“I was humbled by that opportunity,” Giffen says. “I spent a lot of time in the weight room, I got faster, my technique got better. The whole summer (of 2017) was very beneficial to getting my name out there and then being able to back it up.”
And although his senior season (1-4 league, 1-7 overall) was incredibly tough for all concerned, Giffen took huge pride in the energy he was able to create through his growing leadership ability, and by the fact that he helped the Crusaders beat Hugh Boyd 24-7 for the team’s lone win on the final day of the regular season.
In the end, the next-level coaches did take notice, and for Giffen, the opportunity came to join a Simon Fraser Clan team under the guidance of incoming first-year head coach Thomas Ford, who called him “the top tackle we signed in this year’s class.”
“He is one of those guys that will be a cornerstone for the future of our program,” Ford told Varsity Letters. “With his athleticism and his physicality, he’s a guy we had to get for us to make our mark in B.C. He is a very good prospect at tackle moving forward.”
GIVING US THE BUSINESS
Bring up the academic side of the equation, and Giffen speaks as passionately as an O-lineman who has just collected a pancake block.
As a part of his marketing class under Deugau, Giffen is taking part in the class’ annual stock market challenge, and for a guy headed to the Beedie School this fall, he’s already showing his business acumen.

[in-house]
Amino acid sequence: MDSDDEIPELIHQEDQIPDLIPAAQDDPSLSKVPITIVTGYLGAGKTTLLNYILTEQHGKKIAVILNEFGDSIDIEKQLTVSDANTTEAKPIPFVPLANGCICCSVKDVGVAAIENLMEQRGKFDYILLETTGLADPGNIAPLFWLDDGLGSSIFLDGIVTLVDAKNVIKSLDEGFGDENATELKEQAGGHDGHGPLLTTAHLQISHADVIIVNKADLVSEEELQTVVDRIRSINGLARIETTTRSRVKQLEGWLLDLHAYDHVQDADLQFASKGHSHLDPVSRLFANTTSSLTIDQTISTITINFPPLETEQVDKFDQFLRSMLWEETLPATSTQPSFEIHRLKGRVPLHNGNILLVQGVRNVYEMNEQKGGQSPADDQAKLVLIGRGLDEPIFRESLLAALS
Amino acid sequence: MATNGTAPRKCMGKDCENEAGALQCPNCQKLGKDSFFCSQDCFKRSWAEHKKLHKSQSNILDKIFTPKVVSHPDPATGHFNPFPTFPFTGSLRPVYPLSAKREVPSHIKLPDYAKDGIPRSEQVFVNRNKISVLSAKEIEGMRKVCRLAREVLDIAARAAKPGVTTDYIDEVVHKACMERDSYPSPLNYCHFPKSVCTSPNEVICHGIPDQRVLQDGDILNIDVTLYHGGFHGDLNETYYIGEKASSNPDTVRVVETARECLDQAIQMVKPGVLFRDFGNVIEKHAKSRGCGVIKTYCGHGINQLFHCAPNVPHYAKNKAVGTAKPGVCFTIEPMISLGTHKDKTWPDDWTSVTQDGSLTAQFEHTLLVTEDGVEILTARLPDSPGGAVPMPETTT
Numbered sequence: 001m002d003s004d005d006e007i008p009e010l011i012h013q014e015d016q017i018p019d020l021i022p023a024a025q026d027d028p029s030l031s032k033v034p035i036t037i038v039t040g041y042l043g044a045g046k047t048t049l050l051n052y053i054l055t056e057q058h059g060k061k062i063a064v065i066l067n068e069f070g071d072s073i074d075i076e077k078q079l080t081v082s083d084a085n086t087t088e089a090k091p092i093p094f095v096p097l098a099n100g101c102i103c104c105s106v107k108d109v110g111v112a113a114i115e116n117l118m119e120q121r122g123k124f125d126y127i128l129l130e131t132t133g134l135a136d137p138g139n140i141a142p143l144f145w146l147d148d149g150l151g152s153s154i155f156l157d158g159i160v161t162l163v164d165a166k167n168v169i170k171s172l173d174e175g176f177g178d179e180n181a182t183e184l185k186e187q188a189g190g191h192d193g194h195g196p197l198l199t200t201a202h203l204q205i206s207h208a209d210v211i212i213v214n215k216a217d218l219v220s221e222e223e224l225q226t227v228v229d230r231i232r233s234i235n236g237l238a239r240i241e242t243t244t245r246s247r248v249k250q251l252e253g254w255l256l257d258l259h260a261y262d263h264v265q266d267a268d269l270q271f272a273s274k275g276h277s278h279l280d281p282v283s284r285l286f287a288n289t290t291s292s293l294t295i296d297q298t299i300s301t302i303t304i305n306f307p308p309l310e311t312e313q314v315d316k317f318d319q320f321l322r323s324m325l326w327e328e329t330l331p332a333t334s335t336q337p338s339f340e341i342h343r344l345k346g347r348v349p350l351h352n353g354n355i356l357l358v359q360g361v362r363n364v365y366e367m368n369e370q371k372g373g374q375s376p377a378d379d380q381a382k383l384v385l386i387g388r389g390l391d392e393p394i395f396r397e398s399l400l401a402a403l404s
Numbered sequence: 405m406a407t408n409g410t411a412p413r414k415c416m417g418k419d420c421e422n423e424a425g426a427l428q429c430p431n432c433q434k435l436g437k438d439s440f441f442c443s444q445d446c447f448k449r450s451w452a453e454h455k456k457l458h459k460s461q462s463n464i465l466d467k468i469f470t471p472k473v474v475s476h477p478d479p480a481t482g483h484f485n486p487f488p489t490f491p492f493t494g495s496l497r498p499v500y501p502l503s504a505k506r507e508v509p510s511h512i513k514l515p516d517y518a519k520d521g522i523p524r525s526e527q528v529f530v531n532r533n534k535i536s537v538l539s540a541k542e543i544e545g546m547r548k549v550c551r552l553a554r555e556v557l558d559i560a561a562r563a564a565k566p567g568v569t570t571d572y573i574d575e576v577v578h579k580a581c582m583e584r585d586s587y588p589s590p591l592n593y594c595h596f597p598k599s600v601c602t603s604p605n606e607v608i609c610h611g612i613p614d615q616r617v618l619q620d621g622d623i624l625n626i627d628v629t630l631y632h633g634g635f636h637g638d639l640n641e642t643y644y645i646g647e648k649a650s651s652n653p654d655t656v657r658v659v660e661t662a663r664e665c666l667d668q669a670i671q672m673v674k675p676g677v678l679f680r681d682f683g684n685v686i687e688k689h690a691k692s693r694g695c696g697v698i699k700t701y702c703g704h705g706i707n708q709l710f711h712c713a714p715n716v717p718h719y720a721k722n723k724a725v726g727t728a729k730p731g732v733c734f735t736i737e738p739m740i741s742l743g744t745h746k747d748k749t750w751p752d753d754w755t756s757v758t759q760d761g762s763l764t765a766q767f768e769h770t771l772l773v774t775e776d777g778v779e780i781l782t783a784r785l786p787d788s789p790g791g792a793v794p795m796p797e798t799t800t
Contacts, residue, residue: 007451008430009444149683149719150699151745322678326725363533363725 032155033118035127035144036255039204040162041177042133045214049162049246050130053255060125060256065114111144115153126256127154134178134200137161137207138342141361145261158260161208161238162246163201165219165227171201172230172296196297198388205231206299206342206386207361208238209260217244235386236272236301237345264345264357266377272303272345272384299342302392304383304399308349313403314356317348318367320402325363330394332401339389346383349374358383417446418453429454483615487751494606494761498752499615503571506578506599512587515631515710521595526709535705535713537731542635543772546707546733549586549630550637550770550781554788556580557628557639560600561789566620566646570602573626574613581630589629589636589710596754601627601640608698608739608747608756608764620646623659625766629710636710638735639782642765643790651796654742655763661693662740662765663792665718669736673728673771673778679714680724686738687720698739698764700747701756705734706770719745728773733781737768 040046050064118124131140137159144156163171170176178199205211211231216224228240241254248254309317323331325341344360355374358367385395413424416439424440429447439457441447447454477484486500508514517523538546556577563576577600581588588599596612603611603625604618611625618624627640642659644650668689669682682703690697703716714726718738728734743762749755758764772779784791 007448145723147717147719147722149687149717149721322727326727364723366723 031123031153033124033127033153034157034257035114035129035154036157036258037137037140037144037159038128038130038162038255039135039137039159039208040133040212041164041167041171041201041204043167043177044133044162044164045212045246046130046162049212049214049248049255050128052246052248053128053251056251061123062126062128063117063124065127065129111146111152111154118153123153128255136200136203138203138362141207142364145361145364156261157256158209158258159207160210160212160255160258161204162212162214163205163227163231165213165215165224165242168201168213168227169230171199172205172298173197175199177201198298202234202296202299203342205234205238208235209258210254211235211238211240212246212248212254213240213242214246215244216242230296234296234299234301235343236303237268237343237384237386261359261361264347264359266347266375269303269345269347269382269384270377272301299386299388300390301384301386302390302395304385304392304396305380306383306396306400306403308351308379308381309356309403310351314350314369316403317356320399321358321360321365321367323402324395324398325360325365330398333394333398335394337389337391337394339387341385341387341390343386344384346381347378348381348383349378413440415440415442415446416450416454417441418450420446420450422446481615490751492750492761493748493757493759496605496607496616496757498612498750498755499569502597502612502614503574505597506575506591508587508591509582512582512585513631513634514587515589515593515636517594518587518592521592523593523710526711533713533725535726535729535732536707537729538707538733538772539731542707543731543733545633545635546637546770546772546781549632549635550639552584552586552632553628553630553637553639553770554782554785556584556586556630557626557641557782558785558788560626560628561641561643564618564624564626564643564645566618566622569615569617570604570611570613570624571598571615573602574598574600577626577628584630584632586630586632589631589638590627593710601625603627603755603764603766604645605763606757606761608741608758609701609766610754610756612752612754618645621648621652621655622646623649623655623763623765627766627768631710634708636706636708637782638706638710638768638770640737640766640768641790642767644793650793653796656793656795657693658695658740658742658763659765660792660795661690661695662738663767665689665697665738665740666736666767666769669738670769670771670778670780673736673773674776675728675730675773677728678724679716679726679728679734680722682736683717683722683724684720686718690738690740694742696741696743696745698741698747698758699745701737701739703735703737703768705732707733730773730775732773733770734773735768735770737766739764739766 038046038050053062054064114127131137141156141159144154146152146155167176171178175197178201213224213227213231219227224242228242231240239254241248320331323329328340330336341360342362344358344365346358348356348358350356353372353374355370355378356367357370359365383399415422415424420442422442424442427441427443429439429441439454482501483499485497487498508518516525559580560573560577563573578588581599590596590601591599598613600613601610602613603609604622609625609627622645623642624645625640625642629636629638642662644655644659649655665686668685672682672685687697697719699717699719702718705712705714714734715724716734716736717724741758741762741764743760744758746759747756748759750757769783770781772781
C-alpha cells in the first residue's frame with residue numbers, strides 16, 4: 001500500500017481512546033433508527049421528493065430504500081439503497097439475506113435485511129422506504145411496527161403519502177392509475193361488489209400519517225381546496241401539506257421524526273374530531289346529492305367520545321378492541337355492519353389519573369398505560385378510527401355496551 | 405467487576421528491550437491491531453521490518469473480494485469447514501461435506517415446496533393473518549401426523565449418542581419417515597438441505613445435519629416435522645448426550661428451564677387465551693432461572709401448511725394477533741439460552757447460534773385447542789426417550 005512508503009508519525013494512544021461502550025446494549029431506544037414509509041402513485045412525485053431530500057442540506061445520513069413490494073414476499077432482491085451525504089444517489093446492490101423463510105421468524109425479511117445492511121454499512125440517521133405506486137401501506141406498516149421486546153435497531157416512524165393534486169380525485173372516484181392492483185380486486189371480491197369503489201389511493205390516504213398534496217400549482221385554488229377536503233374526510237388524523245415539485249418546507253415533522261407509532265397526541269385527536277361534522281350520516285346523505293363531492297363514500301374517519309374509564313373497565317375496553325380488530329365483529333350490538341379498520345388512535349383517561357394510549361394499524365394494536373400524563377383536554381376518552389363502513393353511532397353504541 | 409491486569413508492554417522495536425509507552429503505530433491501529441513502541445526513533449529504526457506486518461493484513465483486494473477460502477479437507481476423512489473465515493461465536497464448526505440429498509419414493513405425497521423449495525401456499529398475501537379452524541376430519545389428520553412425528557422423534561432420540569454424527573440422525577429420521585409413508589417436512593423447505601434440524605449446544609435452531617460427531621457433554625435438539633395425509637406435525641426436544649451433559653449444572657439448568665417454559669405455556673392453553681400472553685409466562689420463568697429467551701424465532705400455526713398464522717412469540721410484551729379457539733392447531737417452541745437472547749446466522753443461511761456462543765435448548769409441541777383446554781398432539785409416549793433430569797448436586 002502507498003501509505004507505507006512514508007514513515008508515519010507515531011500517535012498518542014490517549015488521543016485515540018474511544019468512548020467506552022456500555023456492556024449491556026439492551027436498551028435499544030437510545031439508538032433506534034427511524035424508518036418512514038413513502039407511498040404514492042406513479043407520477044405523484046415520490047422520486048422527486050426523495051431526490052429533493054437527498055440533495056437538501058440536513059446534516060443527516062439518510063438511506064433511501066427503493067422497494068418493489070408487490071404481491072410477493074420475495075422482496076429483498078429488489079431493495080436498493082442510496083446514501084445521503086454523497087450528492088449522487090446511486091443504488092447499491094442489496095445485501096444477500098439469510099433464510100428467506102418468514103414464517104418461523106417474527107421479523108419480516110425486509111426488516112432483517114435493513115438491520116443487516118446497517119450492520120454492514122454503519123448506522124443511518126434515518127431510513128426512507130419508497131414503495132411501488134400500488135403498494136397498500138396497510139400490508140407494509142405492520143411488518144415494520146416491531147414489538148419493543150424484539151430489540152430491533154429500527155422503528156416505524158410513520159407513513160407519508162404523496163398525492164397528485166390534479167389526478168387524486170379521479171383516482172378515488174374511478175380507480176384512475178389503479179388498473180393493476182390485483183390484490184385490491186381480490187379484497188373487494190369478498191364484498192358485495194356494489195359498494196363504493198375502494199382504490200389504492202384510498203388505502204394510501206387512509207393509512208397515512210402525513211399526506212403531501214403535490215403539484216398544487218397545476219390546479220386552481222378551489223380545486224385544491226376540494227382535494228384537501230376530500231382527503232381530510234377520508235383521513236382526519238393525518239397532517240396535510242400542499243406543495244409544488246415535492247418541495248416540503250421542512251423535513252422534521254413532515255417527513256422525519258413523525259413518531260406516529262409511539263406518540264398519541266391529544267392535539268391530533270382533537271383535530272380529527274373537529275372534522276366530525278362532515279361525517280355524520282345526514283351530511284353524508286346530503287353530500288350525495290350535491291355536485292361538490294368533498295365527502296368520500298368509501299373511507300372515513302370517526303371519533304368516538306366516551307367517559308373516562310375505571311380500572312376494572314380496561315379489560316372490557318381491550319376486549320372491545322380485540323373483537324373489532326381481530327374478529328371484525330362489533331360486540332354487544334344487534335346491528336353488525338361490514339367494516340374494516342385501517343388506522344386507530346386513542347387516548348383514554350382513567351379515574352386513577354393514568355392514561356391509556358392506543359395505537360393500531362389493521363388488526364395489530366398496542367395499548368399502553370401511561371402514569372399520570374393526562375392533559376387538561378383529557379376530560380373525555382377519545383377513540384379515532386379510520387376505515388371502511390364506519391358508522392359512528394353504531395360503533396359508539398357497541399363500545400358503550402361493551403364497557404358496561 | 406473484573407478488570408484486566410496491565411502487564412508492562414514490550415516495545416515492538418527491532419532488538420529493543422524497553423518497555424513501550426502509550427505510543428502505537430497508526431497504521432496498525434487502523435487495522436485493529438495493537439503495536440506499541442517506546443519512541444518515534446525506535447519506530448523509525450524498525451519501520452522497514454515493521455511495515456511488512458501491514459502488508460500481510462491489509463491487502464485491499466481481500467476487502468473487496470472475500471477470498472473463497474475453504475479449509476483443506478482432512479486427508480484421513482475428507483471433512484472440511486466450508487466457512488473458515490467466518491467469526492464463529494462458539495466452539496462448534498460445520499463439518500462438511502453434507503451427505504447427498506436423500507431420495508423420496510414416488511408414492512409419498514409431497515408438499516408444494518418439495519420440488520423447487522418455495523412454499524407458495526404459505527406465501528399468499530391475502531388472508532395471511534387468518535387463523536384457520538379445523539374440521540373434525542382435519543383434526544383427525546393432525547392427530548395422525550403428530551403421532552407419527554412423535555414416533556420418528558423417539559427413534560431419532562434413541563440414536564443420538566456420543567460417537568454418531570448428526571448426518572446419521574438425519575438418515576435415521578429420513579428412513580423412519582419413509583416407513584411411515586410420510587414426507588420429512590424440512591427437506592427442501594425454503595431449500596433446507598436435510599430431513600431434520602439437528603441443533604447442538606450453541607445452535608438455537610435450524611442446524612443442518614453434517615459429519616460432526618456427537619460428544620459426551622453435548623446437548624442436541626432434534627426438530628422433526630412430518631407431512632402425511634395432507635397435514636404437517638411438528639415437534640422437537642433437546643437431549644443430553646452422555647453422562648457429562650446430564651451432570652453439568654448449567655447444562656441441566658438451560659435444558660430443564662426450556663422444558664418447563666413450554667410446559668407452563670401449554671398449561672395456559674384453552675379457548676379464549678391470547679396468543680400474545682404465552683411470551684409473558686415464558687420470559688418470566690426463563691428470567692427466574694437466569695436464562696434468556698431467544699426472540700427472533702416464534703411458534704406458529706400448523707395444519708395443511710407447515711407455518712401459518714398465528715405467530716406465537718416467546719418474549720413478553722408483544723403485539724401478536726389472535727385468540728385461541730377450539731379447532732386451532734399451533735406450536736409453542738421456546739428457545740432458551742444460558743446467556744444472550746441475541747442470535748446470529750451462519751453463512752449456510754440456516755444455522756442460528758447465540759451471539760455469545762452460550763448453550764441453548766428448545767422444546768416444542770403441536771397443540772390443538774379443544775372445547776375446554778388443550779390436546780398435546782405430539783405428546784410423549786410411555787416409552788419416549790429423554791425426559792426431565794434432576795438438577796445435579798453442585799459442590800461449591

“We started our practice round and my investments have already starting making money,” he says of building on a mythical $100,000 bank roll.
“My first thought was to have something I consider very reliant, so I invested in Amazon,” he begins. “It was pretty expensive, but that is where a lot of my growth came from. From there, I decided to go with something a little less expensive, but was still a big company. That was Loblaws, and it went up, too. I just wish I was using real money.”
Giffen comes by his love of business honestly, as he explains:
“My dad started as a cashier at 17 at Shopper’s Drug Mart and he has worked himself all the way up to a district manager,” Giffen begins. “My mom started at the same place but now she’s a project manager at Pharmasave.
“I have never been forced into it, but the way I have grown up, it’s put me on my path,” he continues. “I’ll see where it takes me. I love the creative side of it, coming up with my own ideas, so maybe the road will lead to marketing one day.”
That is unless football presents some interesting professional choices after his Clan career is over.
“I’ve already put on a healthy 20 pounds since the end of the season just from lifting,” says Giffen. “The coaches want me to get heavier, and I think getting to a healthy 275 is within my grasp. Plus, karate has helped keep me pretty light on my feet.”
Nick Giffen is the kid who brings a black-belt mentality to the football field while pursuing his love of business in the classroom.
He shatters enough clichés that it’s a disservice to simply call him the Karate Kid.